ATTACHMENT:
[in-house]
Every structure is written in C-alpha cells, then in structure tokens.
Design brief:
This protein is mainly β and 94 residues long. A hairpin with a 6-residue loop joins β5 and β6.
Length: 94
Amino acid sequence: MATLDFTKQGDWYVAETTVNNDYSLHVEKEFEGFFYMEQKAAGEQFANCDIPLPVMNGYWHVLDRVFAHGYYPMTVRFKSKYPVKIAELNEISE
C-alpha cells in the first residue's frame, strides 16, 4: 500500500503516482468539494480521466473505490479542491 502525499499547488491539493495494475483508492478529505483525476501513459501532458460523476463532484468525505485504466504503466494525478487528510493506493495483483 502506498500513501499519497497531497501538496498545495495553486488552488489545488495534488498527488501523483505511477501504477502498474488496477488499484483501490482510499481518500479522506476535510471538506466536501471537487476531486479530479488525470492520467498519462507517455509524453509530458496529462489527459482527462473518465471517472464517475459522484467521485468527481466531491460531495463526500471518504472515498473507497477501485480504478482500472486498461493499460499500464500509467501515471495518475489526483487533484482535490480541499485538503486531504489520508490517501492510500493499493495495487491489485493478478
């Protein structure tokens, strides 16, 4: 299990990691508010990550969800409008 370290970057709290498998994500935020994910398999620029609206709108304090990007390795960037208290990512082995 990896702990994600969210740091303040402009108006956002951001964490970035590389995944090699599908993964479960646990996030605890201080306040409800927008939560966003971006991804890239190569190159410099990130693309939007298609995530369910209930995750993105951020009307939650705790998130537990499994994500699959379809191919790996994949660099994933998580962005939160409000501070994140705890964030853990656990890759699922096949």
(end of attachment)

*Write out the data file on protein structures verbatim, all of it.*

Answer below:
[in-house]
Every structure is written in C-alpha cells, then in structure tokens.
Design brief:
This protein is mainly β and 94 residues long. A hairpin with a 6-residue loop joins β5 and β6.
Length: 94
Amino acid sequence: MATLDFTKQGDWYVAETTVNNDYSLHVEKEFEGFFYMEQKAAGEQFANCDIPLPVMNGYWHVLDRVFAHGYYPMTVRFKSKYPVKIAELNEISE
C-alpha cells in the first residue's frame, strides 16, 4: 500500500503516482468539494480521466473505490479542491 502525499499547488491539493495494475483508492478529505483525476501513459501532458460523476463532484468525505485504466504503466494525478487528510493506493495483483 502506498500513501499519497497531497501538496498545495495553486488552488489545488495534488498527488501523483505511477501504477502498474488496477488499484483501490482510499481518500479522506476535510471538506466536501471537487476531486479530479488525470492520467498519462507517455509524453509530458496529462489527459482527462473518465471517472464517475459522484467521485468527481466531491460531495463526500471518504472515498473507497477501485480504478482500472486498461493499460499500464500509467501515471495518475489526483487533484482535490480541499485538503486531504489520508490517501492510500493499493495495487491489485493478478
């Protein structure tokens, strides 16, 4: 299990990691508010990550969800409008 370290970057709290498998994500935020994910398999620029609206709108304090990007390795960037208290990512082995 990896702990994600969210740091303040402009108006956002951001964490970035590389995944090699599908993964479960646990996030605890201080306040409800927008939560966003971006991804890239190569190159410099990130693309939007298609995530369910209930995750993105951020009307939650705790998130537990499994994500699959379809191919790996994949660099994933998580962005939160409000501070994140705890964030853990656990890759699922096949």